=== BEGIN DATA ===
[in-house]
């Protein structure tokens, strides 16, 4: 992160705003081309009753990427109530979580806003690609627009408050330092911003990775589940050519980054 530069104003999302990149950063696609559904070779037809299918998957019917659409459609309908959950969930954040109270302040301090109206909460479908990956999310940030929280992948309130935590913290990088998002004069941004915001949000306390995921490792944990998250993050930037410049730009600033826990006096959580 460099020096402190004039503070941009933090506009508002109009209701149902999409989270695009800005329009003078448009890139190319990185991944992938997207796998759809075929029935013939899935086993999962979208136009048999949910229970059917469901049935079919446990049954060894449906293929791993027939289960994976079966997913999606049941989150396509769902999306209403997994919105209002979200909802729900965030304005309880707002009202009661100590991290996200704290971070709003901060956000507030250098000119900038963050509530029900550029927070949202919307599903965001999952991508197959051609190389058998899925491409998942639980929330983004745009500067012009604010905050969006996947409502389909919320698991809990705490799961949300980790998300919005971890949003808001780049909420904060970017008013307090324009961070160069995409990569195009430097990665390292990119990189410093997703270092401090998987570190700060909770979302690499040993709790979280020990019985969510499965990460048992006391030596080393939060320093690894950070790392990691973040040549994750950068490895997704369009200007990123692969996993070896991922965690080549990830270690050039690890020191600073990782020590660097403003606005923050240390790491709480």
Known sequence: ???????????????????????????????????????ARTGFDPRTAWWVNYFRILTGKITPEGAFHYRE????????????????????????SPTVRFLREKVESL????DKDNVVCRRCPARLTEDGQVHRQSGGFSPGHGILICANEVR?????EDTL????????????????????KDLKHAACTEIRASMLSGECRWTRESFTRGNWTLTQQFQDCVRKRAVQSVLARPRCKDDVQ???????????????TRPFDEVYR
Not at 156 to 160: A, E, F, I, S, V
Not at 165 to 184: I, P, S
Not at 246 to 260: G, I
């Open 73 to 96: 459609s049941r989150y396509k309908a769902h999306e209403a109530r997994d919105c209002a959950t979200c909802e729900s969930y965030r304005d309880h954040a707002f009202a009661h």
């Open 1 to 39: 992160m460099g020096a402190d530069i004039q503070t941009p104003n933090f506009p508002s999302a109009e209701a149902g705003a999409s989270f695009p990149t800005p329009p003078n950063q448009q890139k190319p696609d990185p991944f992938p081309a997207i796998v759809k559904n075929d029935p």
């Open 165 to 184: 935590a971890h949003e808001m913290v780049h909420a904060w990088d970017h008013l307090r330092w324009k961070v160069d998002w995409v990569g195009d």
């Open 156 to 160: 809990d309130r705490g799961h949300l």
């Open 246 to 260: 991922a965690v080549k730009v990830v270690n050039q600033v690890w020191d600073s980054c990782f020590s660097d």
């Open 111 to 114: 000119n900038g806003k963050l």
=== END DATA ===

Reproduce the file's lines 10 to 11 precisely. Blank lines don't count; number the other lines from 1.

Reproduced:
């Open 156 to 160: 809990d309130r705490g799961h949300l």
């Open 246 to 260: 991922a965690v080549k730009v990830v270690n050039q600033v690890w020191d600073s980054c990782f020590s660097d």